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ASLA 2019 Professional General Design Honor Award. Glenstone, Potomac, Maryland. PWP Landscape Architecture >

The Experiences of an ACE Mentor: Part VI

by Shawn Balon, ASLA

What does it take to be an ACE Mentor? Over the past few years, I have always wondered how I could become an ACE Mentor, and as I embarked on ASLA’s career discovery and diversity initiatives earlier this year, I also decided to learn more about what it truly means to be a volunteer for the ACE Mentor Program of America, Inc. (ACE) (http://www.acementor.org/). Over the next several months, follow me as I journal my experiences as a professional volunteer at a local high school in the Washington, D.C., metro area.

Since I last posted sharing a classroom hands-on activity, students continue to focus on their final project for the ACE Mentor Program school year and seniors were given the opportunity to apply for the ACE Mentor Affiliate Scholarship. Our team recently found out that one of our students was awarded a scholarship, and it was great to see his excitement in a recent mentor session. This is a great opportunity for high school students to gain funding prior to venturing into a community college or bachelor’s degree.

On the project front, the class has made a decision on the location of their hotel and casino project, and the design work is in full swing! The chosen location is just outside of Washington, D.C., in Silver Spring, Maryland, and the students have decided to repurpose an existing building whose current tenant will be leaving in 2019. I won’t give away any names, but you may recognize it as the building that celebrates shark week in many ways.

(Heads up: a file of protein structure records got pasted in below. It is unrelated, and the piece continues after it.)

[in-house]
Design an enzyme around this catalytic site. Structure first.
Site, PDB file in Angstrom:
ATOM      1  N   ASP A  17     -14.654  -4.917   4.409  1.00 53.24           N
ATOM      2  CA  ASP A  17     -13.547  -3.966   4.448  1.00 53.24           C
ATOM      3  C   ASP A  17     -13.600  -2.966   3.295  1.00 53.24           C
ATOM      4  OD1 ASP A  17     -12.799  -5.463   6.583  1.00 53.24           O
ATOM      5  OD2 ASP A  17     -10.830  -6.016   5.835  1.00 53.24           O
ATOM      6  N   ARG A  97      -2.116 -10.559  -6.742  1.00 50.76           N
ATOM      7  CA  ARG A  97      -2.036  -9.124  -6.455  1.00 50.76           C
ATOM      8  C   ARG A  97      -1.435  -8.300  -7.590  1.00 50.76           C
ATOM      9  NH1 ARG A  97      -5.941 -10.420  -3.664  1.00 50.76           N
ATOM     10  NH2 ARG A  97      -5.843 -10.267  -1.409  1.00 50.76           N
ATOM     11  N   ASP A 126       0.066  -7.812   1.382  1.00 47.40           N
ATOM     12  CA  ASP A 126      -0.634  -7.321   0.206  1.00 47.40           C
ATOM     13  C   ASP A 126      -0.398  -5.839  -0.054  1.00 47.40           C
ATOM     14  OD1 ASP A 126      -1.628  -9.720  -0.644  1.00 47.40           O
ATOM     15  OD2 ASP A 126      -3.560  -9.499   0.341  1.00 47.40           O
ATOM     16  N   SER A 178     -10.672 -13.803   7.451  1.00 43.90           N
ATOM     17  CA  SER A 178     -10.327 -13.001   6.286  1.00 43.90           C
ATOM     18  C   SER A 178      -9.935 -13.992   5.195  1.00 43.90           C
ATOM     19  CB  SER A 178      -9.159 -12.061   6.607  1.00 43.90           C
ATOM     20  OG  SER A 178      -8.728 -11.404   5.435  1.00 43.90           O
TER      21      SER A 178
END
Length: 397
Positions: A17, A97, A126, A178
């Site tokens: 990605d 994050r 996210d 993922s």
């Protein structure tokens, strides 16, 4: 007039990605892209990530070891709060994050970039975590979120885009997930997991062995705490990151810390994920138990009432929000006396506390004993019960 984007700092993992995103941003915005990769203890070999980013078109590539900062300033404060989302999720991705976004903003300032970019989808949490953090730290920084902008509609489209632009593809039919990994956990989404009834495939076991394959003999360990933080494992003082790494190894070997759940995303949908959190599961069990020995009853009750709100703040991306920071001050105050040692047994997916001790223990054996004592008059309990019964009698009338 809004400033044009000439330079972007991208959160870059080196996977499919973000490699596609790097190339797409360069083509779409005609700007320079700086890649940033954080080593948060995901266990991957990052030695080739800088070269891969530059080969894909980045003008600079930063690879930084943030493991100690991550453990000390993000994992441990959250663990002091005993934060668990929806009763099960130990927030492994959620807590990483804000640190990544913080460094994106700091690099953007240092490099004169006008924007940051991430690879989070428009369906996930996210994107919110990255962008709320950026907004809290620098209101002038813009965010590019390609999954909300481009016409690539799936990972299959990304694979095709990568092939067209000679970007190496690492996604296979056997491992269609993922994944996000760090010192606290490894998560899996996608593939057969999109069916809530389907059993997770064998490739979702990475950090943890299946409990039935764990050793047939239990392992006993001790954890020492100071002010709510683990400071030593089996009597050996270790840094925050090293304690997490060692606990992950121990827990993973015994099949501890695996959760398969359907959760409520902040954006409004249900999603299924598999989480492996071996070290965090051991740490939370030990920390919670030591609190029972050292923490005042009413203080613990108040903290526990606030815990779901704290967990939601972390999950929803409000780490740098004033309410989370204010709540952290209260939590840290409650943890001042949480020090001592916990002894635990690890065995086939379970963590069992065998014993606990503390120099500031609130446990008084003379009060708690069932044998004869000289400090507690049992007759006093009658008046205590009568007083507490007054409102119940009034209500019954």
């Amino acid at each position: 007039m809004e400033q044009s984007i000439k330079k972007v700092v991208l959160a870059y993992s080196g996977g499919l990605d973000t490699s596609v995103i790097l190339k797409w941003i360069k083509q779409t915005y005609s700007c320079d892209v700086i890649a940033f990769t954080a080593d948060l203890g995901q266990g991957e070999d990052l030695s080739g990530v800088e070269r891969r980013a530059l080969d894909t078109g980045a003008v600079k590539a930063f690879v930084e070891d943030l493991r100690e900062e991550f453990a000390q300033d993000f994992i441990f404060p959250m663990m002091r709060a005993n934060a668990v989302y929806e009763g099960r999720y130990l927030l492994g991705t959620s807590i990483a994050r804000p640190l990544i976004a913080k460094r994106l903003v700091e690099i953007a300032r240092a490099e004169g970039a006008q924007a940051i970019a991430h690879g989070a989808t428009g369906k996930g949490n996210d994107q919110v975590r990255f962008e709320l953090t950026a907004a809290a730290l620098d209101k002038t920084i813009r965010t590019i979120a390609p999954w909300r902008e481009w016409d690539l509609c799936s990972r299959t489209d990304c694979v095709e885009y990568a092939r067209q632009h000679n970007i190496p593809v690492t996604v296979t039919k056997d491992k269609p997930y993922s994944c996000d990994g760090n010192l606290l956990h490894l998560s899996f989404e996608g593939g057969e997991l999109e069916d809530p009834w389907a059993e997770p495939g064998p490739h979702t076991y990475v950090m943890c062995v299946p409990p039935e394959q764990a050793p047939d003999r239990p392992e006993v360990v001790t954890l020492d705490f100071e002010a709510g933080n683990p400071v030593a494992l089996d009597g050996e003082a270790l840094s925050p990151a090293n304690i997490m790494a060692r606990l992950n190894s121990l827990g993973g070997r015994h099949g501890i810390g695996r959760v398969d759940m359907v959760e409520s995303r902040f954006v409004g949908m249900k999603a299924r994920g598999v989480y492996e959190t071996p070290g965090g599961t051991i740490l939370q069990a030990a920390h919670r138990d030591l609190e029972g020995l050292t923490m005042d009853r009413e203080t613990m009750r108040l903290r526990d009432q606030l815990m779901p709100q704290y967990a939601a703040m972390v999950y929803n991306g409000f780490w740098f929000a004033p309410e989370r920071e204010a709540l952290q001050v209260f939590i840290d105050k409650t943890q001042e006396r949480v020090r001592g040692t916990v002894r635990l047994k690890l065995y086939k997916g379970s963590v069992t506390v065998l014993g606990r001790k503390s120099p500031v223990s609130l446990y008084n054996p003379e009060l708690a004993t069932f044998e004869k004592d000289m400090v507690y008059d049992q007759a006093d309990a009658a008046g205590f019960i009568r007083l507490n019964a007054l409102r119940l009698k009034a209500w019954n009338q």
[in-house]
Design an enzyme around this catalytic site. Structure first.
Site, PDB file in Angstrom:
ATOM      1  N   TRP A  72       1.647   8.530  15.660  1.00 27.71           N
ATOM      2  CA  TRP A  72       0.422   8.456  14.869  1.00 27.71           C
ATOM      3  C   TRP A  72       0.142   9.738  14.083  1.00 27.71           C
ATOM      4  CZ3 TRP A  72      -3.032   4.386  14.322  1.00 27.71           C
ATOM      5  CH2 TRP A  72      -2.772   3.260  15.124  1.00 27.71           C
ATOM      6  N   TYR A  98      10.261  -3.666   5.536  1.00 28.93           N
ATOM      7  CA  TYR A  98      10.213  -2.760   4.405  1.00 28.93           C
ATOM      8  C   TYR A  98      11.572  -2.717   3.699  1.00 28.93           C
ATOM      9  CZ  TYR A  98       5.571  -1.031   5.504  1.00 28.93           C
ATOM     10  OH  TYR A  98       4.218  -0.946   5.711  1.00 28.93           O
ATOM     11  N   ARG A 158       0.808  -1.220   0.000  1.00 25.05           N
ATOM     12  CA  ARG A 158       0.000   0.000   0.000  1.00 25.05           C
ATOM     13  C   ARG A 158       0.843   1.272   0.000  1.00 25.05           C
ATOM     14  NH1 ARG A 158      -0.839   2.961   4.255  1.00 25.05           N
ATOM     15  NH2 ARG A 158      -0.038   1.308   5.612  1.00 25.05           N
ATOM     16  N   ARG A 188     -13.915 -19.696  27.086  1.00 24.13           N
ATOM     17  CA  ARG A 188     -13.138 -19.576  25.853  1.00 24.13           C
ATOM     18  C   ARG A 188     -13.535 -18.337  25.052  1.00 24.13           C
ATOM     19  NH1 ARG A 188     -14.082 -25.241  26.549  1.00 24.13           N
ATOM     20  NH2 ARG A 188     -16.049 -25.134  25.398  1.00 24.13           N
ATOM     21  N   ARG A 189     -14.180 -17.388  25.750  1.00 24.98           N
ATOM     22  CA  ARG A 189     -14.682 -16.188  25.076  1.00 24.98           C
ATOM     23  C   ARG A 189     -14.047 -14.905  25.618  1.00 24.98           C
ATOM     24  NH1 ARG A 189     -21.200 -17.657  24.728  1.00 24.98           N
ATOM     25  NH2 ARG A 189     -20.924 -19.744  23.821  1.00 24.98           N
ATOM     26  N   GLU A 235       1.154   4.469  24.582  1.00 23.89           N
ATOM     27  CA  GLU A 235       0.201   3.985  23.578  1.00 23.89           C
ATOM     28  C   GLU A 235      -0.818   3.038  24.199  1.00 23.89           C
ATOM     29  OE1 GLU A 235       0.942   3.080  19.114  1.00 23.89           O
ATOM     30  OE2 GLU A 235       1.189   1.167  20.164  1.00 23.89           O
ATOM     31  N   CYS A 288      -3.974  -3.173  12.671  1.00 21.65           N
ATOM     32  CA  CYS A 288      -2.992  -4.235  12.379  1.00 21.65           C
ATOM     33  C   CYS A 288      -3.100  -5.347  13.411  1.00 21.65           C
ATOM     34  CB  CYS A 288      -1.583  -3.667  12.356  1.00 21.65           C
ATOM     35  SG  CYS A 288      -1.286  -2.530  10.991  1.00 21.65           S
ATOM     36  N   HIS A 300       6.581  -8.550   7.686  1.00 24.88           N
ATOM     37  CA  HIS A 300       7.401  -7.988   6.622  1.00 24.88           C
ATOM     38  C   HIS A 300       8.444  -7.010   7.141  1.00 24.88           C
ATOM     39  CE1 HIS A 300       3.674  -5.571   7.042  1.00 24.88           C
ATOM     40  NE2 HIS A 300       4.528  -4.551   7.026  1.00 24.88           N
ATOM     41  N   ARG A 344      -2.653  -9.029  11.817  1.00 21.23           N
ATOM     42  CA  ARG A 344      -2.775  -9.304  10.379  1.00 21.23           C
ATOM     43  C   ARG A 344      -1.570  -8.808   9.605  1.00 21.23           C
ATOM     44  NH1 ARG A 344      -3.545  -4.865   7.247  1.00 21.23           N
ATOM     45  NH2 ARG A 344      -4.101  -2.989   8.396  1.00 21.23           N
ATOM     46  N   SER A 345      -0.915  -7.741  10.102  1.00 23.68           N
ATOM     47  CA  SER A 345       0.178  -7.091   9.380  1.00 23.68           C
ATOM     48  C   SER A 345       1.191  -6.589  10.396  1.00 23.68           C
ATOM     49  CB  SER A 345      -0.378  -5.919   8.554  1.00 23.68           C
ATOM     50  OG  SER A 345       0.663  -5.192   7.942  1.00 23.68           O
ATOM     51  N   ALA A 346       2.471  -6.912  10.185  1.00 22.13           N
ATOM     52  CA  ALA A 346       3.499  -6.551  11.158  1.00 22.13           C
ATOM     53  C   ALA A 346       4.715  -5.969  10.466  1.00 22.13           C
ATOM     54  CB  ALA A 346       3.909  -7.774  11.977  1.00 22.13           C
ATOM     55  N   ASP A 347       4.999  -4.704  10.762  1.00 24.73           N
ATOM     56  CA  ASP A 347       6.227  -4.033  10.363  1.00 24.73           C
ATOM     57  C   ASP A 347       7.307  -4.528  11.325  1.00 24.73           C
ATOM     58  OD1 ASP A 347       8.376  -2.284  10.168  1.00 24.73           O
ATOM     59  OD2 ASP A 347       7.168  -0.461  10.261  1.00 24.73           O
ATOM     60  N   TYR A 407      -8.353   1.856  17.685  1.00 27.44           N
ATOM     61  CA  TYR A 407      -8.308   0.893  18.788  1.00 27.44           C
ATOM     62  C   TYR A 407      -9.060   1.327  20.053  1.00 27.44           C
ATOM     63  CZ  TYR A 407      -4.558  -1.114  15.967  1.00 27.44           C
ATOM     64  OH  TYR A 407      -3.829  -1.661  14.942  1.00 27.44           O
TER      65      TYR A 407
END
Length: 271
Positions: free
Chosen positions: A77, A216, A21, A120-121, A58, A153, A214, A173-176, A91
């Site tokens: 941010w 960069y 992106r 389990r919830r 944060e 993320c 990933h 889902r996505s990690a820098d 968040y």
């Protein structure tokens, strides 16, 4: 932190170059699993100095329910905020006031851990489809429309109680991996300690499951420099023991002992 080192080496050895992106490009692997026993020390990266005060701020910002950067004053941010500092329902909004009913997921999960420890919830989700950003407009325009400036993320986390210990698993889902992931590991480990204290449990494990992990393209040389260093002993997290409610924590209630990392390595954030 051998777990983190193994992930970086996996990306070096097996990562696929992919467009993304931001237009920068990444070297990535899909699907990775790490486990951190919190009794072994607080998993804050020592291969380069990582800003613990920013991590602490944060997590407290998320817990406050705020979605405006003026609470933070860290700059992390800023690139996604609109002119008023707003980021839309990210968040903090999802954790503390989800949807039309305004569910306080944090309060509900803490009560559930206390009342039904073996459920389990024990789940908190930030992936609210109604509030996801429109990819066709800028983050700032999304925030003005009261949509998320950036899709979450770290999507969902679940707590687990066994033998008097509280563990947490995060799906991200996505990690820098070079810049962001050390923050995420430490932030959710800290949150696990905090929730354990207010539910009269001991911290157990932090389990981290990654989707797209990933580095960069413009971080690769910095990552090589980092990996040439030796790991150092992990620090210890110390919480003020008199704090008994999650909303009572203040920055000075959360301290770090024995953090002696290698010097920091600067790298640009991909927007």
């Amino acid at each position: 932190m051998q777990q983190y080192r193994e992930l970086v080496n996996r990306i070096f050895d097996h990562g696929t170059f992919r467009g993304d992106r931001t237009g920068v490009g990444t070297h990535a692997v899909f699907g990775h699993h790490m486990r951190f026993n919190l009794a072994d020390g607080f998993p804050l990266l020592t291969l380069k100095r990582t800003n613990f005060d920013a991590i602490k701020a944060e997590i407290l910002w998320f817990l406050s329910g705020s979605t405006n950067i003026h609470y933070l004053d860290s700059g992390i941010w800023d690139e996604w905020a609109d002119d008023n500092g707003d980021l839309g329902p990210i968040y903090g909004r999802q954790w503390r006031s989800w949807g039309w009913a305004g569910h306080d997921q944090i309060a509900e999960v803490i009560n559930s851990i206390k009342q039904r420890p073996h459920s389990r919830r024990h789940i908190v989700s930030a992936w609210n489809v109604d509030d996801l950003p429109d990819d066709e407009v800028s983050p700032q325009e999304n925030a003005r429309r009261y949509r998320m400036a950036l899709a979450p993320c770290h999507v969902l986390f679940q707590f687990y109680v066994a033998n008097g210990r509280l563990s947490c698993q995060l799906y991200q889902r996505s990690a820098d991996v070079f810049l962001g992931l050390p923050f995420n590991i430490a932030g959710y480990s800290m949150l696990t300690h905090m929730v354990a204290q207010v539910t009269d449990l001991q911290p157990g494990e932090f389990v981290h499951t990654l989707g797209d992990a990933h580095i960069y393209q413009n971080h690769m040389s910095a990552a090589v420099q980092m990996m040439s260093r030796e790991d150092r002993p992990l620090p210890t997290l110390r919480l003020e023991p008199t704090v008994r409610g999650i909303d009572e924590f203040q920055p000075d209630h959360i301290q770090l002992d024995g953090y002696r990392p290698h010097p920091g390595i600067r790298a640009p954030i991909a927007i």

A recent conversation in class focused on reasons behind picking the location. They included budget, adjacent amenities, access to a local Metro station, and bringing more jobs to the area. The students are starting to pick up on the “whys” and are now in the process of creating concepts, drawings, and material boards. The students continue to brainstorm and work in their respective groups (or professions), such as architecture, landscape architecture, engineering, LEED consulting, project management, interior design, and scheduling, and will bring their designs together into a final PowerPoint presentation.

There’s only a few weeks left to pull it all together, so we have ramped up our mentor duties. Our team has decided to do our best to show up every Wednesday over the next four weeks. Even if all of the mentors are unable make it, it will be very helpful to have a mentor in the classroom each week to offer ideas, direction, and assure the project is delivered on time.

In mid-May, the students will be presenting their final project to a panel of judges at the American Institute of Architects in downtown Washington, D.C. Some of the basic criteria that will be judged include creativity, feasibility, cost, environmental considerations, and overall presentation. It’s going to be a lot of fun to watch the different student groups from D.C. and Maryland schools present their final projects that evening. But, we can’t get too excited about the presentation in mid-May, because there is still a ton of work to be done right now. Here’s to a productive final month full of inspiration and excitement!

Shawn M. Balon, ASLA, PLA, is Career Discovery and Diversity manager at the American Society of Landscape Architects. Questions? Feel free to send emails to sbalon@asla.org.

ASLA is a sponsor of the ACE Mentor Program, a national effort to engage high school students in substantive, in-depth projects and exercises that expose them to real-life work in the full range of design and construction professions. Why not get involved yourself? Visit www.acementor.org to learn more on how you can apply to be a mentor in your area or how your firm or company can sponsor this program.

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